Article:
The stock market is tanking, the weather in San Francisco is apocalyptic, and I face the prospect of seeing more of Javier Bardem now that he was nominated for an Oscar for the performance in No Country for Old Men that is still giving me nightmares. Plus, holy crap, **** killed **** on the Wire. I’m jumpy, people. Approach me carefully, do not speak too loudly, and please, please do not freak me out in your query letter.
Now, by urging you not freak me out in a query, I’m not saying don’t send me a horror or suspense novel. It’s fine to scare me through storytelling. What I am saying is that now is not a good time for confessing that you have homicidal tendencies toward literary agents and/or scaring me through inadvertent, sometimes well-intentioned means.
Sure-fire ways to freak me out include:
– Sending your query in a bizarre package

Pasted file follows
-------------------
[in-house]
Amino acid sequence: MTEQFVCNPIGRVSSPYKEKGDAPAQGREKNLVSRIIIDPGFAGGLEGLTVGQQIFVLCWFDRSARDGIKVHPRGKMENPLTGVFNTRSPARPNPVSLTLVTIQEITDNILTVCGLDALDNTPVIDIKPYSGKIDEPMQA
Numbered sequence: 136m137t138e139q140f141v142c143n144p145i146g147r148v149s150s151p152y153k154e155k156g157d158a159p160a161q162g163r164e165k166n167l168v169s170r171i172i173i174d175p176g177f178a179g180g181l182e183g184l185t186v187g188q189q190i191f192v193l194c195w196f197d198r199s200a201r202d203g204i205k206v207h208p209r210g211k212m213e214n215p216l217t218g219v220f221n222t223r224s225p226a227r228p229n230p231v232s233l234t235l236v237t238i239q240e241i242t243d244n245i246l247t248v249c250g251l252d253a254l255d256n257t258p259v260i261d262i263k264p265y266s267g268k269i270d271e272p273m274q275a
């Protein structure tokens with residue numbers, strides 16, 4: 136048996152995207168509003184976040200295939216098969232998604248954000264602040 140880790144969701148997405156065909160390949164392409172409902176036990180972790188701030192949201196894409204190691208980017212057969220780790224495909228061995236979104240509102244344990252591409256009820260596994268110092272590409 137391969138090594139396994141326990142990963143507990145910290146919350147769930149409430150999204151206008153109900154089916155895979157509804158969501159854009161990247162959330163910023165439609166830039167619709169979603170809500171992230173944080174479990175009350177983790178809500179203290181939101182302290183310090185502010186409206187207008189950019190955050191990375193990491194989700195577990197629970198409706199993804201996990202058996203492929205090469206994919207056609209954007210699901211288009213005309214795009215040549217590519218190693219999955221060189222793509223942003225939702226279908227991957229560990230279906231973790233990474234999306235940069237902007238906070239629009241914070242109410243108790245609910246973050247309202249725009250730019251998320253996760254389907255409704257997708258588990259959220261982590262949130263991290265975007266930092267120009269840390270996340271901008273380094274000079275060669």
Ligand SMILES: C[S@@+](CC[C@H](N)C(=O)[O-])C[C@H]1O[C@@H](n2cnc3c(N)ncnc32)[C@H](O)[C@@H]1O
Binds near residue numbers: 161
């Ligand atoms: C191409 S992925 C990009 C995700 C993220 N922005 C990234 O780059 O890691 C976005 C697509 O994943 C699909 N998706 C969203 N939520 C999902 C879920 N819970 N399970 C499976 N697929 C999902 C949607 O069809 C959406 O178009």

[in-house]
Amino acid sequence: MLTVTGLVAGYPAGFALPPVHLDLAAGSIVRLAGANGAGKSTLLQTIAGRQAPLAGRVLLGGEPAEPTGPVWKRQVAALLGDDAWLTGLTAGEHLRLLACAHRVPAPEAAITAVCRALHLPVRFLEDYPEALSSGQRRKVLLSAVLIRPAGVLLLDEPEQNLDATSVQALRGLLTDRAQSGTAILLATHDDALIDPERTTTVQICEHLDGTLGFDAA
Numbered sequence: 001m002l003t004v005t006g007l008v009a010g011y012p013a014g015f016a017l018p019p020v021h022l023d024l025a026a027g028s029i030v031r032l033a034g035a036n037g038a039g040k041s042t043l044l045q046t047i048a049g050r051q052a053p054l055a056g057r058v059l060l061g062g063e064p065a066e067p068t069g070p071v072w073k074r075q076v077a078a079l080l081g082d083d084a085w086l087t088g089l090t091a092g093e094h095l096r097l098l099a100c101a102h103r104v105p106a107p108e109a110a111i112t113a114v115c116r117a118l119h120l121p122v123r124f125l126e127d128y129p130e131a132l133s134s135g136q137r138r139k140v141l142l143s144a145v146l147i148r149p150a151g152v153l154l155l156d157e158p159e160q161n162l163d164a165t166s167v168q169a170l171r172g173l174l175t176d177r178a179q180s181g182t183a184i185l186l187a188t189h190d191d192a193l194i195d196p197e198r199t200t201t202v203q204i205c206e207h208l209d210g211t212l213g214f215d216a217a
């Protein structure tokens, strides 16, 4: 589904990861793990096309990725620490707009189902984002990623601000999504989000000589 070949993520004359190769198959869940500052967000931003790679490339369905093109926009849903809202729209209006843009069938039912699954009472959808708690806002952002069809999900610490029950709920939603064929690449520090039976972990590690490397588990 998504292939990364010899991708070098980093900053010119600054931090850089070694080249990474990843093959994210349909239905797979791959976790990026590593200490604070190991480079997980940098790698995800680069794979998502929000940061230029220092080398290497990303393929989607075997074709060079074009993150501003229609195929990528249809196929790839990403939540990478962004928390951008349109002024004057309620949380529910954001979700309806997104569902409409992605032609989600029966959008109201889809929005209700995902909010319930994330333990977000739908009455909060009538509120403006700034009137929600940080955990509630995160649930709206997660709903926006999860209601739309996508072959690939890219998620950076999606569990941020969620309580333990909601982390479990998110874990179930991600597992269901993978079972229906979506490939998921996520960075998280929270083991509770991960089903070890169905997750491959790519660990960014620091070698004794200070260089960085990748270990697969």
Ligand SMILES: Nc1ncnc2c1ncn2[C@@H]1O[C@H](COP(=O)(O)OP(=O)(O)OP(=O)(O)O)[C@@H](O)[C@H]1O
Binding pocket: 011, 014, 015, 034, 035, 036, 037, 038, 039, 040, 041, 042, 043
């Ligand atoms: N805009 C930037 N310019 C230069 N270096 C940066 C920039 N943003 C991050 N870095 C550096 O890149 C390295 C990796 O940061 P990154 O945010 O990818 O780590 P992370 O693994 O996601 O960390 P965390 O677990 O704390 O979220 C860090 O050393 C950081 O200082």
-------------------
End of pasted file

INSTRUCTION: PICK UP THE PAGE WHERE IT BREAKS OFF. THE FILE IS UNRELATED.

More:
– Sending me a “true-crime” query for a crime YOU committed (yes, this happens)
– E-mailing me a query from a strange e-mail address (such as firstname.lastname@example.org)
– Sending me an anonymous query and/or one signed with a bizarre pen name. Look — having one name a la Prince or Madonna DOES NOT MAKE YOU LOOK AUTHORIAL. It makes you look crazy.
– Writing in the passive voice. The horror!!!
– Excessive praise
– Stream-of-consciousness queries that appear to have been written on an excessive caffeine dosage
– Memoirs about alien and/or supernatural encounters. Call me crazy, but I am not going to believe that you have already been to heaven, hell, or the moons of Saturn and survived to tell the tale.
– Tricks of all kinds, including people who pretend like I’ve previously requested their manuscript only I forgot (I don’t forget) and people who pretend that we are old classmates (I graduated from high school with 70 people, about 50 of whom I started kindergarten with 12 years earlier. We knew each other. A little too well.).
So please, be as cool as possible in your queries. Don’t make any sudden moves. And hopefully we won’t find ourselves in a Cormac McCarthy novel. Hopefully.